Warning: You get no volume control on the ACPA that I can see. It looks to me as though the outputs are "full on" under Windows 95. For your ears' sake, use earphones or speakers that have an inline volume control.
MP3 files played nicely on my 9585-0XF
using an old 16-bit version of Fraunhofer's MP3 decoder
software and a Kingston 133MHz TurboChip CPU upgrade. To
multitask I had to turn down the decoding quality a bit.
You'd be hard pressed to hear the difference from
ordinary computer speakers though.
Sound Blaster Support?
Pulled from William Walsh HERE
It needs to be installed manually, just read the appropriate file, "README.WIN" in most cases; WININST.BAT only does half of the job, so don't care about it. The emulation only works within a Windows DOS session, so the DOS driver seems useless to me. It is designed for Windows 3.1, but it also works under Windows 98 SE, I tested them both successfully. There mustn't be any other MACPA driver installed, not even the great one with the .inf from Peter. However, after you installed this one, sound works great within Windows too, although you don't see a device in the device manager.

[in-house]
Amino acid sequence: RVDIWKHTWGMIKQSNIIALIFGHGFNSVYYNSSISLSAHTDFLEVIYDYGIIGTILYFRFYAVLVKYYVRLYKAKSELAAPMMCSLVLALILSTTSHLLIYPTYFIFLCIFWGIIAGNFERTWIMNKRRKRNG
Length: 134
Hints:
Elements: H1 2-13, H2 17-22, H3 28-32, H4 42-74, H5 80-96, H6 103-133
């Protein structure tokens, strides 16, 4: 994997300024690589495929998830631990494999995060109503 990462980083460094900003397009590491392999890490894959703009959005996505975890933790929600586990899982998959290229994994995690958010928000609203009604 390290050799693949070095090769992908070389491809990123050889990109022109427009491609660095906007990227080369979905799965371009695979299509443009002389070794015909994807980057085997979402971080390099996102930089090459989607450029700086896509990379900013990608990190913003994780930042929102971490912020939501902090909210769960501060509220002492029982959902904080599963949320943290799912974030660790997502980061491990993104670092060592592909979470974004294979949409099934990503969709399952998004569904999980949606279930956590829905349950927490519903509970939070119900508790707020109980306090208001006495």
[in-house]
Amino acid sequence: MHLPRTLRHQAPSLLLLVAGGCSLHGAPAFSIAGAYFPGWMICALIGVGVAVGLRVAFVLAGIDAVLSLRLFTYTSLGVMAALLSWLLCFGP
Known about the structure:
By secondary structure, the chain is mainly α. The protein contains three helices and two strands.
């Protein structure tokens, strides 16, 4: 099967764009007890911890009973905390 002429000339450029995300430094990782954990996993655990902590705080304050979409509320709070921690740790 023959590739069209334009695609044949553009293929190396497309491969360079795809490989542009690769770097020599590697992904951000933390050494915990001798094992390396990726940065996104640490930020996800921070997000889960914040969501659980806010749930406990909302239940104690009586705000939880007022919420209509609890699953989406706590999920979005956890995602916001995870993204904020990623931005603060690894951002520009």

There are not less than 4 readme files in the package, and useful information is spread all over:
"The VDD will allow you to run most SoundBlaster and MPU-401/MT32 or LAPC applications within a Windows DOS session. Do NOT run the SVAUDIO.EXE. The VDD will attempt to map the sounds requested by the application to the nearest M-ACPA sound. In most cases this is quite acceptable, but in any case it will sound different."
[README.WIN / README.OS2]
"If you turn music on for SoundBlaster support and specify port 240, music comes out great."
"(3) The M-ACPA must be set to Interrupt 5 for the SoundBlaster emulation to have any chance of working. Otherwise, it may lock up your machine."